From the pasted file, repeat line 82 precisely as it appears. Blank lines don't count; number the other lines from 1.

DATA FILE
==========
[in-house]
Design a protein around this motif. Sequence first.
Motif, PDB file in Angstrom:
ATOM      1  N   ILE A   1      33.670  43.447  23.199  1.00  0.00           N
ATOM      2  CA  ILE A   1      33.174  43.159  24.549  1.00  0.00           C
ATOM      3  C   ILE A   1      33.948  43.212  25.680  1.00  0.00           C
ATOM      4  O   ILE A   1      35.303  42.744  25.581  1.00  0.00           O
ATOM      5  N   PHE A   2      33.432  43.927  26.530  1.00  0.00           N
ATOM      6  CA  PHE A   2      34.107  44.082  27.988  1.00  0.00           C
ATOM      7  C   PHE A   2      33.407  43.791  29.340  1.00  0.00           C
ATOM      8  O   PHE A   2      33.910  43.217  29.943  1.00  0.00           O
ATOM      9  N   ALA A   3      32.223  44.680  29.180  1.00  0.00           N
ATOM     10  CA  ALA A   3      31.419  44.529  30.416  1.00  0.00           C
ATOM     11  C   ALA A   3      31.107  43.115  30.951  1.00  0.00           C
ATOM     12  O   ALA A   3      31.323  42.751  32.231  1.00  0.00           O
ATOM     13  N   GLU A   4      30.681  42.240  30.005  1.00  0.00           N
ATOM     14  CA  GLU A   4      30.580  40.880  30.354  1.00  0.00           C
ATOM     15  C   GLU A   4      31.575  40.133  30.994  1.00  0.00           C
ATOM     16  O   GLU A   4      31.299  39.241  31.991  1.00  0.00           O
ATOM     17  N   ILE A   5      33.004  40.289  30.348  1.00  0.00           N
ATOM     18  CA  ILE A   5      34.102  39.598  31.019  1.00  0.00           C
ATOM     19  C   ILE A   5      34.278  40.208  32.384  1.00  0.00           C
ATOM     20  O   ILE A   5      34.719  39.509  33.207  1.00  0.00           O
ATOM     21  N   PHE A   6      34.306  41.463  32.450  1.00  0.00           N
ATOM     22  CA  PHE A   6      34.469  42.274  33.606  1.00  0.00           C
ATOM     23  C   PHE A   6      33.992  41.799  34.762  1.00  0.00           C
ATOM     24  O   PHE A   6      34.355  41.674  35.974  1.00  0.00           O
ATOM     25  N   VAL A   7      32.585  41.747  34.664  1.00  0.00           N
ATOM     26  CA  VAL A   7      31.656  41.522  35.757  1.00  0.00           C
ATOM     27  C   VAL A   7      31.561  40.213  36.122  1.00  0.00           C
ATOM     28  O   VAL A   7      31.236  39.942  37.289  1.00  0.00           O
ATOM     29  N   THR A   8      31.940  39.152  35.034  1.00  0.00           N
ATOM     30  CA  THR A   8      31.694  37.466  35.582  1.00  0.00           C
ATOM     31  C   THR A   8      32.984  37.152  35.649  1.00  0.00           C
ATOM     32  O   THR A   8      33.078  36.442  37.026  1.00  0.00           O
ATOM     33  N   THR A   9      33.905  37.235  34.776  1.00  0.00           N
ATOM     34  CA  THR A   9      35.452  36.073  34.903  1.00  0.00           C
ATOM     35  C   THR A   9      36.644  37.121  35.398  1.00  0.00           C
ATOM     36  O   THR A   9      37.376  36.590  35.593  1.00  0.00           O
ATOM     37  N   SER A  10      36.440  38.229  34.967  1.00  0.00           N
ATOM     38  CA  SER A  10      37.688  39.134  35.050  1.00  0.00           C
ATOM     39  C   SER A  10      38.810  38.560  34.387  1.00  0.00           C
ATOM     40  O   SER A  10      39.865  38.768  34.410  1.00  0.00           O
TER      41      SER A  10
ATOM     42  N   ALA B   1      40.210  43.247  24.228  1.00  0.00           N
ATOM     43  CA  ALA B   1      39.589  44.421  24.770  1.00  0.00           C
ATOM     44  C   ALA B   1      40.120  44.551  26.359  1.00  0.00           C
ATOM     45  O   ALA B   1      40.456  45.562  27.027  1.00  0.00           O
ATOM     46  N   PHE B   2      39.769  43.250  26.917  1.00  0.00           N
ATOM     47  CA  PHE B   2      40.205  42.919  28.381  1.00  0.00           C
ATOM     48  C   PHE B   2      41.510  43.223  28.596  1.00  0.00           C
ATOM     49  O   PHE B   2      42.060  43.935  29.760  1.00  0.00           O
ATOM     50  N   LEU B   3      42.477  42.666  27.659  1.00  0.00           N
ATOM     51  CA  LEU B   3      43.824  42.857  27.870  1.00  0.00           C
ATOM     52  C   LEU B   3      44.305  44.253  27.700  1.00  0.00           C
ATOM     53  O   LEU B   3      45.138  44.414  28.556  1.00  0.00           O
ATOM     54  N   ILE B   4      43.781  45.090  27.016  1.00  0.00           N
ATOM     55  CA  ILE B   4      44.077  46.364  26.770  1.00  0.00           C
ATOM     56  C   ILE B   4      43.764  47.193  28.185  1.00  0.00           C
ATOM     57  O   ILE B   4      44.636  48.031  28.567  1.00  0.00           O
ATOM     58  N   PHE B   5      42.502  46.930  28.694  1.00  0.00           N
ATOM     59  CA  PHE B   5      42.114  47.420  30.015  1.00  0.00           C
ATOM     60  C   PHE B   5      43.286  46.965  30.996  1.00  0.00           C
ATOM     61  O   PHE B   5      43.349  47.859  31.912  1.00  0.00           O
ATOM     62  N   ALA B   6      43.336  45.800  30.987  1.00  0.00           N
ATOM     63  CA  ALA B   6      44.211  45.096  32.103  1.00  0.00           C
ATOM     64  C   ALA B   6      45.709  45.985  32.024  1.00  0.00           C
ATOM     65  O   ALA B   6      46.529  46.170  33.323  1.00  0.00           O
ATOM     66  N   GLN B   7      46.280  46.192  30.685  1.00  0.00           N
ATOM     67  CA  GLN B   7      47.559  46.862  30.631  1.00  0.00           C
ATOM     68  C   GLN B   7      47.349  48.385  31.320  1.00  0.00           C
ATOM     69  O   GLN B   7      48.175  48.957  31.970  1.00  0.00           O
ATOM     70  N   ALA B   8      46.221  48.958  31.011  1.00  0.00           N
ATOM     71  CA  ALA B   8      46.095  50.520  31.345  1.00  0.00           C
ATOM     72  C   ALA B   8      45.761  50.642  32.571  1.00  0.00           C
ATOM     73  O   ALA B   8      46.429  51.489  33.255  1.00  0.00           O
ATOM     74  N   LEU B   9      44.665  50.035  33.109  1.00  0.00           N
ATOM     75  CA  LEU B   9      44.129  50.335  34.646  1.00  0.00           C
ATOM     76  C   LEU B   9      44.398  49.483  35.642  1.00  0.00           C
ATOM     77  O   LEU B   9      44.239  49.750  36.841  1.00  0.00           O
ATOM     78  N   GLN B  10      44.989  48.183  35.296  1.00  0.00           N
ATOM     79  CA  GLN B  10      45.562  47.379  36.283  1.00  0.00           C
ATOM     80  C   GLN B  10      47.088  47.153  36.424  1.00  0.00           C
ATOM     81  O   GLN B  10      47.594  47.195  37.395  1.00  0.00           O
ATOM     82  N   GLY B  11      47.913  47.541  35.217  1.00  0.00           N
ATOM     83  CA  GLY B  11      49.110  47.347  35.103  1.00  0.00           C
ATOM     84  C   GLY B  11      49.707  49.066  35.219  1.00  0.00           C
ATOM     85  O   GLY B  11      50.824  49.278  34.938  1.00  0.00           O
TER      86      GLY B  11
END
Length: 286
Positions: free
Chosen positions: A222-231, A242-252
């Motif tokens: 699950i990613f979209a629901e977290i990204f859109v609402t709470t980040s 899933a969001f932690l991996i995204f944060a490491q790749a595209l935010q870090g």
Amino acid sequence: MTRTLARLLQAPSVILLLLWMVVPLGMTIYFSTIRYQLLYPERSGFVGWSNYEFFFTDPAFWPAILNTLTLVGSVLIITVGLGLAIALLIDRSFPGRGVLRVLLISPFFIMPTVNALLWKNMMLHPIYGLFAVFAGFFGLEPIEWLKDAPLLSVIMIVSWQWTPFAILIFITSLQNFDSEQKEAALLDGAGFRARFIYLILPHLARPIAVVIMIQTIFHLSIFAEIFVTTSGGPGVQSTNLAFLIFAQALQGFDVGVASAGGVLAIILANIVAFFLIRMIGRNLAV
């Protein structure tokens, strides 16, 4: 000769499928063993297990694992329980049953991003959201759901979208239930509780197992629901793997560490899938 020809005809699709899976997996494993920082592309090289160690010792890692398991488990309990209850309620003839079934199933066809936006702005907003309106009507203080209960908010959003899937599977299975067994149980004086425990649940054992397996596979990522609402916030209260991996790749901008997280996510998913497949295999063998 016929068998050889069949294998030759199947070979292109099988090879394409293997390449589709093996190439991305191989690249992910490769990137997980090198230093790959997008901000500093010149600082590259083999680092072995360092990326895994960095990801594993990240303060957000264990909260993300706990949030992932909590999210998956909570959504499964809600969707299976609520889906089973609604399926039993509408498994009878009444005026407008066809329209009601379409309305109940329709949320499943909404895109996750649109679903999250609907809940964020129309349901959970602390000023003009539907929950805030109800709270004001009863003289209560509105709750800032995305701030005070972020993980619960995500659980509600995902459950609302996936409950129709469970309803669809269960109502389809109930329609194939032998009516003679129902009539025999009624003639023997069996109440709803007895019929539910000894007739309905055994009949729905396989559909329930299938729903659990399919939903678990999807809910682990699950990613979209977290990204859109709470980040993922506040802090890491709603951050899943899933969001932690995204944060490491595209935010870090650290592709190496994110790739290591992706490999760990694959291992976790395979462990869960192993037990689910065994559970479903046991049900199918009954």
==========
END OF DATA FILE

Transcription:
ATOM     79  CA  GLN B  10      45.562  47.379  36.283  1.00  0.00           C